The career of Pontefract Squash Club’s James Willstrop has had many highlights.
Winning the World Masters in Delhi at the end of 2011 saw him become the world number one for almost the whole of 2012,the same year that he was named world player of the year.
He has won such prestigious tournaments as the Tournament of Champions in New York, The Hong Kong Cathay Pacific Classic and the Qatar Classic in Doha as well as 16 others.
Other achievements include being three times a member of the England team that won the World Team Championships, world junior champion in 2002 and the most successful British junior ever.
He won the first ever China Open in Shanghai and more recently, despite virus problems, his win over world number one Mohammed el Shorbagy in Seattle at the World Championships last November was voted PSA’s match of the season in 2015-16, Willstrop winning 3-1.
His professional squash career led to his success as an author when his book ‘Shot and a Ghost’ became the first ever self-published book to be shortlisted for the William Hill sportsbook of the year. It was not ghost written, which led to him being nominated for the best new young writer of the year.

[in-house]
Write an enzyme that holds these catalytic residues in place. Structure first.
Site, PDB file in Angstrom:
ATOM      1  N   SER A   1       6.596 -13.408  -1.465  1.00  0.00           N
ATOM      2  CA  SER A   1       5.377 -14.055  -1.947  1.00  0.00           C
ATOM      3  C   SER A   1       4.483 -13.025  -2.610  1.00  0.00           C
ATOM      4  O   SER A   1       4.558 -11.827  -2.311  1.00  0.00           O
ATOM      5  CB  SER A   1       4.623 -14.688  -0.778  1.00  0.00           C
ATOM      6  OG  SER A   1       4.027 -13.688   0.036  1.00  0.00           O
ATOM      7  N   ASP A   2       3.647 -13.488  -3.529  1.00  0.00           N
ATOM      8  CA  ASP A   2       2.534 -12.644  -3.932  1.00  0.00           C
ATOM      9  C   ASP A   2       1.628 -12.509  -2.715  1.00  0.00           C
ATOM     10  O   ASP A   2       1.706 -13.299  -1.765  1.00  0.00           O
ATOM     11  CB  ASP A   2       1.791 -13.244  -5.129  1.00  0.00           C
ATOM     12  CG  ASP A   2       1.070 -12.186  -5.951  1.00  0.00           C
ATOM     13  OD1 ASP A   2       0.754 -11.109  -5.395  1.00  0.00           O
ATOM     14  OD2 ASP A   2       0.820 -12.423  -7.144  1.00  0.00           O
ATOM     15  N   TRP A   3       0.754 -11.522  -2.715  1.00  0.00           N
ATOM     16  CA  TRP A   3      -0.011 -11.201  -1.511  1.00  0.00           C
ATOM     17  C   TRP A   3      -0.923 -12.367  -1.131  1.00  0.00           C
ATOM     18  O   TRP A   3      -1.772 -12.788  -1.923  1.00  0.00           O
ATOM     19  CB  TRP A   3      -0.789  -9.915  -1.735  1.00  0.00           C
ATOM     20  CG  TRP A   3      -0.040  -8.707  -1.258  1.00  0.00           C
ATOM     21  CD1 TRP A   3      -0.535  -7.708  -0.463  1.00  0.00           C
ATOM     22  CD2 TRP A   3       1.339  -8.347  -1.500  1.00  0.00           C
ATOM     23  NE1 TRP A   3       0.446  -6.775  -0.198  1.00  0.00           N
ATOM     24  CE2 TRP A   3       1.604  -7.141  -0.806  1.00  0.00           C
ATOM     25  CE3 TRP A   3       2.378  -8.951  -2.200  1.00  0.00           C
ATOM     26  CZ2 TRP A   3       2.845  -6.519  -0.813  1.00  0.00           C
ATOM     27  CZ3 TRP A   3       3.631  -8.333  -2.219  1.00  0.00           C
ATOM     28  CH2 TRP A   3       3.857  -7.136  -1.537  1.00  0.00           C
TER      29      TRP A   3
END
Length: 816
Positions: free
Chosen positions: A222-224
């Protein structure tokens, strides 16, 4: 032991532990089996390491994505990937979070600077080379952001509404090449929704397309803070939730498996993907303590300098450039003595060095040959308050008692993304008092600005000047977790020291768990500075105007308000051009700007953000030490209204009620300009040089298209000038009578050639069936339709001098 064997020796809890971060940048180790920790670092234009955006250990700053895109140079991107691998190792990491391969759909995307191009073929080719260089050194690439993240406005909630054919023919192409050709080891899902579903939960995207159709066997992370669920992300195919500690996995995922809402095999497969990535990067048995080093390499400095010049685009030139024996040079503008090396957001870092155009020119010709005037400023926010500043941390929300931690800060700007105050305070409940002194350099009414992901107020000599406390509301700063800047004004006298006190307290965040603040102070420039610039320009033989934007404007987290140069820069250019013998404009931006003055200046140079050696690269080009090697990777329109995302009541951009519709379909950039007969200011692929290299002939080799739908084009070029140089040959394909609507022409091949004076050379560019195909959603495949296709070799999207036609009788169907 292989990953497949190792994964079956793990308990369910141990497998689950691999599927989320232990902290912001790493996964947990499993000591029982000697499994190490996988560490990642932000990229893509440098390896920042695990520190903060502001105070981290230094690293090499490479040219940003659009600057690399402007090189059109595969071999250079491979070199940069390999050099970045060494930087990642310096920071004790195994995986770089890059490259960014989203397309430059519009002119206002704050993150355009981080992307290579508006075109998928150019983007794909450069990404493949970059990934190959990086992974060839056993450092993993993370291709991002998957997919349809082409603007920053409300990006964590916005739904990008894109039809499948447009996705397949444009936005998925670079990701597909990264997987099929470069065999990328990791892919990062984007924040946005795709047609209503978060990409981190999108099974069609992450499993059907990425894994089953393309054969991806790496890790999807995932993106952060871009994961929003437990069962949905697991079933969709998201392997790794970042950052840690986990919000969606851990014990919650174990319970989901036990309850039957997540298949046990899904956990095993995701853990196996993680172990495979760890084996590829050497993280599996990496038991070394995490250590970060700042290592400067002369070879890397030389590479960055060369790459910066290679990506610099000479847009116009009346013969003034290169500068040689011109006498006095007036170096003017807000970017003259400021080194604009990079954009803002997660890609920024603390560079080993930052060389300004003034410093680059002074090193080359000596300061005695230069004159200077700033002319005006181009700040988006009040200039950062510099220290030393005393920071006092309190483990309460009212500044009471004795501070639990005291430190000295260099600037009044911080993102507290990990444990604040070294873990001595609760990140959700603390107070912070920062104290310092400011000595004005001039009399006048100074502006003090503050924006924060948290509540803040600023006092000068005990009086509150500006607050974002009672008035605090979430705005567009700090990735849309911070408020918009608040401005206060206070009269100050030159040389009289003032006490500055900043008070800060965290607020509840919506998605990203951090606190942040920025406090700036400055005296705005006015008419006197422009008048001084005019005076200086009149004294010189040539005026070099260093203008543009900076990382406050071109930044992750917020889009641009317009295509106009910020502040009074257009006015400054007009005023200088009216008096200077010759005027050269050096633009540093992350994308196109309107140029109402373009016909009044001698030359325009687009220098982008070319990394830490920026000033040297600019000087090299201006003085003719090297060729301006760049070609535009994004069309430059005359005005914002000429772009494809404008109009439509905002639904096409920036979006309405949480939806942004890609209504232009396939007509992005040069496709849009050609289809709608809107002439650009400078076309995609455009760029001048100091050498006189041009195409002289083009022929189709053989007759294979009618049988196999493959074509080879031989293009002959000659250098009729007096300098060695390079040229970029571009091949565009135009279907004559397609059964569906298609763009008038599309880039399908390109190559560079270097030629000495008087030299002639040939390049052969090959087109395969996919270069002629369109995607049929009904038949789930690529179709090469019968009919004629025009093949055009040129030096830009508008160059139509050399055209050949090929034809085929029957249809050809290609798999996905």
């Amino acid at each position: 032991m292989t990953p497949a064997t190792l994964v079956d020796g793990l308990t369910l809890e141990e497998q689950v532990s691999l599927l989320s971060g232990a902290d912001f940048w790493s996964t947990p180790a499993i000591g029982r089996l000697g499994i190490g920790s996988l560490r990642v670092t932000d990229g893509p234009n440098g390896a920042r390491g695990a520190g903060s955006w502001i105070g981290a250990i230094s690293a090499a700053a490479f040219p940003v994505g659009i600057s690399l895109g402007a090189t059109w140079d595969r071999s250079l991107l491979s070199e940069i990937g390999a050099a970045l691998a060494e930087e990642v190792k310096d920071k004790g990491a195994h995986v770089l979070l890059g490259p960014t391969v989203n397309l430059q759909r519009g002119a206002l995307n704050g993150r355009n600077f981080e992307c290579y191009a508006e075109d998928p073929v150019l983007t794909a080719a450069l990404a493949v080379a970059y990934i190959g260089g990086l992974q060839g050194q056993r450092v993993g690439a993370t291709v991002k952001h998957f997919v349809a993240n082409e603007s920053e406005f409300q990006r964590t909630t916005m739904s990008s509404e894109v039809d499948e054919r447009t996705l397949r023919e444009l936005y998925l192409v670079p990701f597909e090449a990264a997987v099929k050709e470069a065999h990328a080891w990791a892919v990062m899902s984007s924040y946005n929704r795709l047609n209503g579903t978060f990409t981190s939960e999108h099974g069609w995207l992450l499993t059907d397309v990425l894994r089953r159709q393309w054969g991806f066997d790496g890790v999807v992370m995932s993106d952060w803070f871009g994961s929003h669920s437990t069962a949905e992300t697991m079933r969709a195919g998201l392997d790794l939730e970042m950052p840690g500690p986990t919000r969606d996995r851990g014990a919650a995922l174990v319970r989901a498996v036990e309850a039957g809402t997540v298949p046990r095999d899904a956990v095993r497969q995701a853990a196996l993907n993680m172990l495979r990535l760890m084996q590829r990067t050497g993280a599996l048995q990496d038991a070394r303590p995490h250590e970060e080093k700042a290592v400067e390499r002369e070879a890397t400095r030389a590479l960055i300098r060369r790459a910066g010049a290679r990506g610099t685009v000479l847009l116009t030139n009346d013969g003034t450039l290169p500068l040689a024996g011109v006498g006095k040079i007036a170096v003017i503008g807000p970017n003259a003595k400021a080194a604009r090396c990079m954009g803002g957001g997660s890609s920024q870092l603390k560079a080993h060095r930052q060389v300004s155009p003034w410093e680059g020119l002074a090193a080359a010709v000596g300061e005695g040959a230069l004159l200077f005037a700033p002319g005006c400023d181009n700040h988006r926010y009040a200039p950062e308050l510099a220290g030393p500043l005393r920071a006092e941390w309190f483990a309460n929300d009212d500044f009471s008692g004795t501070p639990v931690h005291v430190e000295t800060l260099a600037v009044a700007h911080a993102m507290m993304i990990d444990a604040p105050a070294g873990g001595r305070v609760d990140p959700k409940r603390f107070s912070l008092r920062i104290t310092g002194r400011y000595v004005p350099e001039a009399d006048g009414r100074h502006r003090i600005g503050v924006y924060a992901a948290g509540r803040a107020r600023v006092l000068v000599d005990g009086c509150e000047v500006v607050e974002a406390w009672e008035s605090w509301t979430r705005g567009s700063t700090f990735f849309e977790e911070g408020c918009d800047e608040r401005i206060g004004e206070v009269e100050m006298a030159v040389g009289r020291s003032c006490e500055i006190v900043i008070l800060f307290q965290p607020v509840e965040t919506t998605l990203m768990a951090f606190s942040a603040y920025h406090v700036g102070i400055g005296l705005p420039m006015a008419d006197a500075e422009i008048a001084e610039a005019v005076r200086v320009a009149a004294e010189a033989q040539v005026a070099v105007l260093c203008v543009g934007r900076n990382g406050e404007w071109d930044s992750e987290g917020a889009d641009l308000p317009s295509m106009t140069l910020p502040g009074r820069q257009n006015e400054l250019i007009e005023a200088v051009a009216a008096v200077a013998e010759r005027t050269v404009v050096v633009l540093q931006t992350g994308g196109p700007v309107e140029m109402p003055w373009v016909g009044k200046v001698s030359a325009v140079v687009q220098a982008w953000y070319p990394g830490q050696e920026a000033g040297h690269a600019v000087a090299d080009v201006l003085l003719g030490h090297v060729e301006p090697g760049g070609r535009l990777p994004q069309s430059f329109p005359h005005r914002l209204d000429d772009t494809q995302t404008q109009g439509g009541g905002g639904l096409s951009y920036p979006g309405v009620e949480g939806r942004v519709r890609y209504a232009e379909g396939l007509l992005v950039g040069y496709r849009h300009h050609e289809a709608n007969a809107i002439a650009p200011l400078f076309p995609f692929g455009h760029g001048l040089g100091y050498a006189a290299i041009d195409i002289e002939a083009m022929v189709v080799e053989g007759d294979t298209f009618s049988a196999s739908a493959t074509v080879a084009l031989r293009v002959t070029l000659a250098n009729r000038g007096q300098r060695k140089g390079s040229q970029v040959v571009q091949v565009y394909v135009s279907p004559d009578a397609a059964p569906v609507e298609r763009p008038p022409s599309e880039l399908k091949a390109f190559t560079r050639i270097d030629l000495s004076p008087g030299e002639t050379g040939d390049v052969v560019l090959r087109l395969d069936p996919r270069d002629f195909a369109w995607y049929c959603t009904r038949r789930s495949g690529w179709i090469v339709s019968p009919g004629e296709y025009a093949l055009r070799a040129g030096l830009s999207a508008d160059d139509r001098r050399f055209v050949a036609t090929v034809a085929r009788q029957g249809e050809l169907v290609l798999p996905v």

He was a columnist for the Yorkshire Evening Post for many years and and now for The Guardian.
Now in the close season, he has found time to return to acting, having played Joseph in Joseph and his Amazing Technicolour Dreamcoat as a pupil at Ackworth School.
He has just completed a week as the Bingley Little Theatre as Andy in Brassed Off, a part made famous by Ewan McGregor.
Prior to that he played Captain Stanhope in Journey’s End at Adel Players, a tragic World War One drama, in a performance described by one critic as mesmerising.
Last Saturday, Willstrop was named best actor for that part at the Wharfedale Festival of Theatre Awards, a tribute to the first class theatrical members at Adel and Bingley and an award that, for him, will doubtless rank with his sporting achievements.